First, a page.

Kids of Mums in Jail Program (periodic funding 1996 – 2010): The program ran camps for women prisoners and their children during school holidays. The program never employed full time workers. From 1996-2000 funding was episodic; from 2000-2003 the program receiving ongoing funding; then the program returned to episodic funding. Ultimately, camps became part of the BOWS program. These child-focused camps included development of parenting skills, enabling mother/child contact, providing a safe environment for the children, issues surrounding family separation, post-release family support information, promoting children’s rights, and providing information and support about combating abuse at home. 2003 was a typical year - 75 women and 104 children participated in the program.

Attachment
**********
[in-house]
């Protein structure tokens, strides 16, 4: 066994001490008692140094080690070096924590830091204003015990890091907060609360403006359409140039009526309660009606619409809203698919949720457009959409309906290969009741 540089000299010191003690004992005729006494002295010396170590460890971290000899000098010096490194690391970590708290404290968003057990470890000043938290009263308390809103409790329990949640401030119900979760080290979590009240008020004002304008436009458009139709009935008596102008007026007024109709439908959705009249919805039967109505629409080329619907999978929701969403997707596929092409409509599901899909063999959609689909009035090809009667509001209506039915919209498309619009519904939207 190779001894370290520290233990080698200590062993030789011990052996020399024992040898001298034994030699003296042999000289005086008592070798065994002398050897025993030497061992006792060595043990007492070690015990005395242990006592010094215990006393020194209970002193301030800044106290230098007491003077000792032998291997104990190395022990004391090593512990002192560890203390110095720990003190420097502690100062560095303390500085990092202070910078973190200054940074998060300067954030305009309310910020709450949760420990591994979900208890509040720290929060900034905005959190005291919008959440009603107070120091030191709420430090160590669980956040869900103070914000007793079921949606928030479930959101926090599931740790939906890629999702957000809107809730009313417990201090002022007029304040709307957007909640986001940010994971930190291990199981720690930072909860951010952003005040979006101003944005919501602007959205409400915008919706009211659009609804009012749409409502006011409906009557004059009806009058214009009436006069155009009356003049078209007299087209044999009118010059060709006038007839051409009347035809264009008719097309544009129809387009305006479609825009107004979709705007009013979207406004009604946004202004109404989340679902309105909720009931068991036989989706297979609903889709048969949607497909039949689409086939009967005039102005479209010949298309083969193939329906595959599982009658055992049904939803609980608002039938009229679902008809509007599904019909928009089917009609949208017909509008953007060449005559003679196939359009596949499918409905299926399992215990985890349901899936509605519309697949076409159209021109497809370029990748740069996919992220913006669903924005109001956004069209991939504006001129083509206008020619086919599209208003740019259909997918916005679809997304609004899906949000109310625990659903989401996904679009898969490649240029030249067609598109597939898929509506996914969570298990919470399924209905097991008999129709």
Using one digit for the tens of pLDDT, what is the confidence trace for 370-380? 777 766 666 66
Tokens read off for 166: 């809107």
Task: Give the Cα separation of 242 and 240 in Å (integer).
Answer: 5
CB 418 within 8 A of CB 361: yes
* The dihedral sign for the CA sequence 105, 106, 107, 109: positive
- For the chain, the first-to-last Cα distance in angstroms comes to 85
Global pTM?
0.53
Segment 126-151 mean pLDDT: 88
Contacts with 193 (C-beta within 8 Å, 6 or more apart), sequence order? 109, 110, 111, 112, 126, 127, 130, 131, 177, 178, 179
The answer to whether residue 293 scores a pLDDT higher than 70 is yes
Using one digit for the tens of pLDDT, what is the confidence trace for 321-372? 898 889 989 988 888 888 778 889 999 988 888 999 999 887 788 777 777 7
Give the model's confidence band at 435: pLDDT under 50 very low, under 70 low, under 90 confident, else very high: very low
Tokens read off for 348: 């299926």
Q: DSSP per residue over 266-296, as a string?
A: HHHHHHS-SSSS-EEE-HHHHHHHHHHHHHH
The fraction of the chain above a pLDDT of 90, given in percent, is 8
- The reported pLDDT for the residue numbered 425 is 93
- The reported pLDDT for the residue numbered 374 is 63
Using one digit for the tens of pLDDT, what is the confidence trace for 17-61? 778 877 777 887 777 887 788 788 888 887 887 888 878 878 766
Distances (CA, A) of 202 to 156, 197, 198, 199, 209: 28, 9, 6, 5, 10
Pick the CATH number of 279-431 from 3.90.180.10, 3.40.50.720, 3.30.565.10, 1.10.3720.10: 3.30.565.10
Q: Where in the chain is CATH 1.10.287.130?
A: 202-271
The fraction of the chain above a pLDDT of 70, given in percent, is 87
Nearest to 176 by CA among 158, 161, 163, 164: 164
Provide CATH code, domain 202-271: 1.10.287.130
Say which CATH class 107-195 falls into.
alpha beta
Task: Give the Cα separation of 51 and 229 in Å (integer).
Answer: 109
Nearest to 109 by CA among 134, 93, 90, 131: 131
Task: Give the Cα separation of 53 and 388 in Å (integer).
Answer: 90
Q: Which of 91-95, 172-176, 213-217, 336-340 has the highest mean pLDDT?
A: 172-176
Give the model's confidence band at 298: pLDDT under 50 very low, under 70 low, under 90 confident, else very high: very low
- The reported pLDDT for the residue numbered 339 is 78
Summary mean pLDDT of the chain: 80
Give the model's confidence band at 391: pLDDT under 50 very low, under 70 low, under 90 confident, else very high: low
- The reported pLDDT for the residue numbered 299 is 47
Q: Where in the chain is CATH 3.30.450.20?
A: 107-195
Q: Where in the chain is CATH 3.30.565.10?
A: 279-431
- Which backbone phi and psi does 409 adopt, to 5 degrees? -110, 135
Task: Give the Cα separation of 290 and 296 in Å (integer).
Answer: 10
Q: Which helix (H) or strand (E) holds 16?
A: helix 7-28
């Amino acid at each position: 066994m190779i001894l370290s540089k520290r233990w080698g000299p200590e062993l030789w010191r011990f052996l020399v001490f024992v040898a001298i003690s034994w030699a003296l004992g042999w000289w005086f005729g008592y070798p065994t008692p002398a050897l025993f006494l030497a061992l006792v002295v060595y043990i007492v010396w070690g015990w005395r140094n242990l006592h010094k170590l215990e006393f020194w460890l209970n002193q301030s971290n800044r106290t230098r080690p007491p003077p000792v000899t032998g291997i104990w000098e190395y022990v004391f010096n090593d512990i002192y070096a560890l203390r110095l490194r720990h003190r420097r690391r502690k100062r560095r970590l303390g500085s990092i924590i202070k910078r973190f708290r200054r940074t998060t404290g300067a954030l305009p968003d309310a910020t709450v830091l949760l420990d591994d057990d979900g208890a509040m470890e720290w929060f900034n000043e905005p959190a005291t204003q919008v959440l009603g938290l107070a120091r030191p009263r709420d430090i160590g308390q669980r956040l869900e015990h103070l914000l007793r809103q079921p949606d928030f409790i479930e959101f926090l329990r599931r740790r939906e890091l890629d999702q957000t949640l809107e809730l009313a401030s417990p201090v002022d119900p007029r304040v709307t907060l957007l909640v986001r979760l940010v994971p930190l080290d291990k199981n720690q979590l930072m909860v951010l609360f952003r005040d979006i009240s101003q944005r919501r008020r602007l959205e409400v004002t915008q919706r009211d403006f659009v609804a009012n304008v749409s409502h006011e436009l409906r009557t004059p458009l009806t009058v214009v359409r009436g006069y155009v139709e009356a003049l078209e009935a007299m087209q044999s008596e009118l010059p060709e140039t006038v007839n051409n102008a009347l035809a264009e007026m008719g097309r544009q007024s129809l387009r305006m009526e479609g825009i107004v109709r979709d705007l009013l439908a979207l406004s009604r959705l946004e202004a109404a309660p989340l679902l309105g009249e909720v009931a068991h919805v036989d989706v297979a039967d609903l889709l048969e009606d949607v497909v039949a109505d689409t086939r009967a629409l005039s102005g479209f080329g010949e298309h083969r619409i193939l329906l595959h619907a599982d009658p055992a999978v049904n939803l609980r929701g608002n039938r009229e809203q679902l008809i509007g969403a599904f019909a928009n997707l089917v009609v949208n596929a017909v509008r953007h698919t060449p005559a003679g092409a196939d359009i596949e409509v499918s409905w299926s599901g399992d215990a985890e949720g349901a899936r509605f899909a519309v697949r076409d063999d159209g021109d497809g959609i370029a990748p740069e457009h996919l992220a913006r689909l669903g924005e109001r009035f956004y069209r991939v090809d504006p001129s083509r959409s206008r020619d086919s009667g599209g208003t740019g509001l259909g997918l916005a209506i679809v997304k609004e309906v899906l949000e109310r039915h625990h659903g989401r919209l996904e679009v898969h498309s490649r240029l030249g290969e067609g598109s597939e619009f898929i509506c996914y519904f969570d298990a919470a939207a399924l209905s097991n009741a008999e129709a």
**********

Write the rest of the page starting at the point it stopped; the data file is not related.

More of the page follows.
Program Enabling & Empowering Kids Program (2003 – 2010): PEEK was an early intervention program which aimed to prevent intergenerational cycles of criminalisation and build protective factors amongst criminalised mothers and their children. The PEEK Program worked with women prisoners in SEQ and their young children (aged 0 – 5), providing pre and post release to ensure positive reunification on the family unit. It provided a range of services including a parenting program, 5-day reunification programs and individual counselling and support.